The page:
On May 5, the China National Space Administration (CNSA) successfully launched its new crewed capsule to low-Earth orbit and despite an anomaly, it landed back in one piece in the Mongolian desert. Unfortunately the same cannot be said for its rocket, which entered an uncontrolled reentry and splashed back to Earth somewhere off the coast of West Africa.
The orbital test served to conduct various assessments and experiments in its two-day-19-hours-trip around our planet. The design for the spacecraft was recently changed to accommodate a larger number of taikonauts, the country's name for its astronauts, from three to six. The CNSA reported an unspecified anomaly with one of the tests but has not expanded on what happened.
The spacecraft is a key step for the Chinese space program, as the country is planning to have its orbital space station completed by 2022 and a future human mission to the Moon. That requires a capable crewed spacecraft, but also a powerful rocket. Last week’s test was also the maiden launch of the Chang Zheng (Long March) 5B, a variant on the regular Chang Zheng 5, which has been employed for three flights already.
While the rocket did its job and appears in tiptop shape to take taikonauts to the Moon and robotic missions to Mars, one of its stages came crashing back to Earth in an uncontrolled reentry, landing somewhere in the ocean off the west coast of Mauritania. Though the descent was deemed uncontrolled, it was not unplanned. What was unusual was the window for where and when it would land.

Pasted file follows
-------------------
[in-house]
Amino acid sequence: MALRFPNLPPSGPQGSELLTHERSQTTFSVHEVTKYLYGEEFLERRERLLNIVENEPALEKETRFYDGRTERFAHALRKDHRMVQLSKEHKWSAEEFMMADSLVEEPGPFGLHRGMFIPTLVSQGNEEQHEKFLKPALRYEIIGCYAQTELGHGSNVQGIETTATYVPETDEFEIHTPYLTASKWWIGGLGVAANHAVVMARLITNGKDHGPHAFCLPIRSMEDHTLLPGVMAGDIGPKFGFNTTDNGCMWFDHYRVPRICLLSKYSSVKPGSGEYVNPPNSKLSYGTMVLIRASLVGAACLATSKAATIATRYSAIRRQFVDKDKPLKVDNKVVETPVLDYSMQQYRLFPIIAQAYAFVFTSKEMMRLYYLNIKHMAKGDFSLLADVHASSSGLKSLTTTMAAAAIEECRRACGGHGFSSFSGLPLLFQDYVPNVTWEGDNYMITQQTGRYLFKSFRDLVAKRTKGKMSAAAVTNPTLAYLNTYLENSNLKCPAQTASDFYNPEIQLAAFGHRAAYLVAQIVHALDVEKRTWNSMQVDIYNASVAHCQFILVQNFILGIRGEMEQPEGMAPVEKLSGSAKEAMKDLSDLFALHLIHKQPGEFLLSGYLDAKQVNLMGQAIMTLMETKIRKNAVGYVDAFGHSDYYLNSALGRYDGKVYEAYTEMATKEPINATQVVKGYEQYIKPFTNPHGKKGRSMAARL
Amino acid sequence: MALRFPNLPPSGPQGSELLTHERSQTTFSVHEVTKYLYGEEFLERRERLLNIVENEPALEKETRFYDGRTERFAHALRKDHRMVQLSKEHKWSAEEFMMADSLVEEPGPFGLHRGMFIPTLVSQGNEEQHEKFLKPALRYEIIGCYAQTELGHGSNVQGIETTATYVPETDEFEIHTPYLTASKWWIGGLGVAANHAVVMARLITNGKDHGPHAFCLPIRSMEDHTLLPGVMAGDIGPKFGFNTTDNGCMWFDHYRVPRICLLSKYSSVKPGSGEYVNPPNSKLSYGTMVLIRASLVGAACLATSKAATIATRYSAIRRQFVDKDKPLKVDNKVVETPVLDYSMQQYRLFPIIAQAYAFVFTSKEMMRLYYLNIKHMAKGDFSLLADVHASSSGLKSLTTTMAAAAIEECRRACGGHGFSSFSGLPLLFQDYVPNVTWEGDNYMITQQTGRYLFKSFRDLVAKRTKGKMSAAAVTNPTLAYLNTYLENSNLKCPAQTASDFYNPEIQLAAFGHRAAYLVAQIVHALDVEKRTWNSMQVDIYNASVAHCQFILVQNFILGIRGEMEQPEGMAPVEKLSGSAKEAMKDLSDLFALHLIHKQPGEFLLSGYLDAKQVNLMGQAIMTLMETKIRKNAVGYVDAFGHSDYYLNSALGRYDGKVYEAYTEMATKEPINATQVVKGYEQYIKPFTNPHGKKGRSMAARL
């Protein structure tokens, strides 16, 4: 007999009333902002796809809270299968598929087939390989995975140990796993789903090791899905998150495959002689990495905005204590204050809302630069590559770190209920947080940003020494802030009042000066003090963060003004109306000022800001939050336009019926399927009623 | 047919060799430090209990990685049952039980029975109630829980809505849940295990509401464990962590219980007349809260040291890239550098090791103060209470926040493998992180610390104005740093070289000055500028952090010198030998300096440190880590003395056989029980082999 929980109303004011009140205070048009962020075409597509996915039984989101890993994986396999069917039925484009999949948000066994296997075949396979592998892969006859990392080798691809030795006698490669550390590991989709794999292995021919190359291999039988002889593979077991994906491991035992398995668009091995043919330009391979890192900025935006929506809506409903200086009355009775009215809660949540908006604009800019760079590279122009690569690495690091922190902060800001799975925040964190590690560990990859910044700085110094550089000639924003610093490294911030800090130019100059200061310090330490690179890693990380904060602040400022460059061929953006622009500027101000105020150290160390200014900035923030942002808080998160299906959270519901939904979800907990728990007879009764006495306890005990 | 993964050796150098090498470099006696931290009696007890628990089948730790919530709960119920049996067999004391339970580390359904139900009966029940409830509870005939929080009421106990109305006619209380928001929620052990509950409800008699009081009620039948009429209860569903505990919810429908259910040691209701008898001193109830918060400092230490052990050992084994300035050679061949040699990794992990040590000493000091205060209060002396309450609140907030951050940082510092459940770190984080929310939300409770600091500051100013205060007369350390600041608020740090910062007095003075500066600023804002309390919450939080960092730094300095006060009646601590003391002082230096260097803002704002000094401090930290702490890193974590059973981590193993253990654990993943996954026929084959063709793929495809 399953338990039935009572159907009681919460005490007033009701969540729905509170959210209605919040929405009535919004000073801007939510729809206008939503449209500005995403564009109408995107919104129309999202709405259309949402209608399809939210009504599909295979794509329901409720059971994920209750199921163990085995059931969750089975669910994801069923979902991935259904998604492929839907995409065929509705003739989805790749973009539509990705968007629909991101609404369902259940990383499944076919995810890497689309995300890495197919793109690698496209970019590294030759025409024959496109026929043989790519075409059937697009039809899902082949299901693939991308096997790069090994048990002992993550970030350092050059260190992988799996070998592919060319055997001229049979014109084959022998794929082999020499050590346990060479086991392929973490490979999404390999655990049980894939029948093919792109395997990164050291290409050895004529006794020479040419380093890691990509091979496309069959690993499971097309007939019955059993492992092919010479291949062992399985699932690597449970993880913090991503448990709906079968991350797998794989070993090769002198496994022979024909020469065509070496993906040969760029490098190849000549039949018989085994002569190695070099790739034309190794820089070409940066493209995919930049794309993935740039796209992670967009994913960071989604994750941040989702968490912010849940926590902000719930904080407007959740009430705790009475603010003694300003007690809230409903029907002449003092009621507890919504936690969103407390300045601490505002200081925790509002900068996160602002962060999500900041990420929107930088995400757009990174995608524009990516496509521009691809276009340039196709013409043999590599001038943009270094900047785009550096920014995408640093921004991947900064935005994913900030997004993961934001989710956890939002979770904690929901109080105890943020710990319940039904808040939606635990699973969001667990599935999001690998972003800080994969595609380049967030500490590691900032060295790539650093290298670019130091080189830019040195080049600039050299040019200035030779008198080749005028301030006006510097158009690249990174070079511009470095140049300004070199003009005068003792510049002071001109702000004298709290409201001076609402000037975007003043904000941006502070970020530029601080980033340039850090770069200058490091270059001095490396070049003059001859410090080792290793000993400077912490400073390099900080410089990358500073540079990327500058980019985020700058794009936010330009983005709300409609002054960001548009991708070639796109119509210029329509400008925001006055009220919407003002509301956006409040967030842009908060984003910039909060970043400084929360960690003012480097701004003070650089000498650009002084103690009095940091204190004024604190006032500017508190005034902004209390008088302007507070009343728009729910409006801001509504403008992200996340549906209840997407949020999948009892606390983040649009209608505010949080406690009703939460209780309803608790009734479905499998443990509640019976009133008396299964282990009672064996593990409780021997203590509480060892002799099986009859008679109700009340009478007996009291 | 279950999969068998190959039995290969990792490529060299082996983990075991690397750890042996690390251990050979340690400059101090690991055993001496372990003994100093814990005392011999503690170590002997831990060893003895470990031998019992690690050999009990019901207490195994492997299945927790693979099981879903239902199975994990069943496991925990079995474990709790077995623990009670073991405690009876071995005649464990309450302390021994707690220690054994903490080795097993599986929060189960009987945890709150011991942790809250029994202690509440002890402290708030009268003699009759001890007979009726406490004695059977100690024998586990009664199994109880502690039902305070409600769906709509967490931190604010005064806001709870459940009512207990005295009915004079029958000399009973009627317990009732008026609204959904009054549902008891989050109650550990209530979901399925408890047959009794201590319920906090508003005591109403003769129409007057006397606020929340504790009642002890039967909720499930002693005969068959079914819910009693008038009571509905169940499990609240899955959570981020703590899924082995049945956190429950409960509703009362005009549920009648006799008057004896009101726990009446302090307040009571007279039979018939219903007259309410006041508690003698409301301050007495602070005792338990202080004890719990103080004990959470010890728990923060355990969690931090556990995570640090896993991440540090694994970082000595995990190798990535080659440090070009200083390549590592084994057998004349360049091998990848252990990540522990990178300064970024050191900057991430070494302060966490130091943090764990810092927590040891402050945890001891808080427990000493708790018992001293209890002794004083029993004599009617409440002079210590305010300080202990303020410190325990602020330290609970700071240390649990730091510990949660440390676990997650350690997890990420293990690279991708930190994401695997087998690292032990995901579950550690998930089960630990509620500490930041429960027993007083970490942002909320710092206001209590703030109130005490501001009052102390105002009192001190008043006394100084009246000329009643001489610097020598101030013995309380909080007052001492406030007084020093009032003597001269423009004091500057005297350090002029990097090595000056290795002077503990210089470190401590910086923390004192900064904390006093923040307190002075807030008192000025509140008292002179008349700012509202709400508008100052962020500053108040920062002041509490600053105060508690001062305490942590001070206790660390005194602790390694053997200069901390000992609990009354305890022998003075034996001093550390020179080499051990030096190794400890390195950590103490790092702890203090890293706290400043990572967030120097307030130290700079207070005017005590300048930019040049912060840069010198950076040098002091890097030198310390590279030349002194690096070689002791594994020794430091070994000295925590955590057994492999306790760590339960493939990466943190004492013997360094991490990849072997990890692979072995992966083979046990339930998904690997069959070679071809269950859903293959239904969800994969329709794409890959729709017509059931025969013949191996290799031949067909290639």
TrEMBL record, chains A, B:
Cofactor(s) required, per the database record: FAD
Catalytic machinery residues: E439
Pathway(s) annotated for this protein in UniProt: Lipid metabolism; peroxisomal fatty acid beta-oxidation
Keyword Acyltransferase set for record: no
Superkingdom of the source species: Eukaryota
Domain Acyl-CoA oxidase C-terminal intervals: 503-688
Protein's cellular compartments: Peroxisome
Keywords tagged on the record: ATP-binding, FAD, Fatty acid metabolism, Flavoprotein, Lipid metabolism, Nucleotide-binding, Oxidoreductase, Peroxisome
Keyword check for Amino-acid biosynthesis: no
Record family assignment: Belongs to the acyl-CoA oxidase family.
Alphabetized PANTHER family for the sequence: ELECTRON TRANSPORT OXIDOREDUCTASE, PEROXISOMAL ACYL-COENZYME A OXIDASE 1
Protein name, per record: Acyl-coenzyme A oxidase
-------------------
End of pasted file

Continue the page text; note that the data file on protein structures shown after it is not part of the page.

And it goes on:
The core stage was very unlikely to fall on or hurt anyone, and it is believed that most of it burnt up in the atmosphere, but those uncertainties have given pause. At 30 meters (100 feet) by 5 meters (16 feet), it was the largest object to experience uncontrolled reentry since the Soviet Union’s Salyut 7 space station in 1991, reports SpaceFlightNow.
The rocket orbited in a way that took it over some of the most populous areas of the planet, from New York in the Northern Hemisphere to Wellington in the Southern one. The rocket stage was moving at several kilometers per second, so even a small uncertainty in the timing can be dramatic. If the estimate is off by just 1 minute, it means hundreds of kilometers difference. However, as the rocket part was slowed down more and more by the tenuous upper atmosphere, its path became clearer.
It landed in the mid-North Atlantic, late morning on May 11 according to Aerospace, although there's speculation on twitter that a long fragment crashing into the village of Mahounou in Côte d'Ivoire is part of the rocket.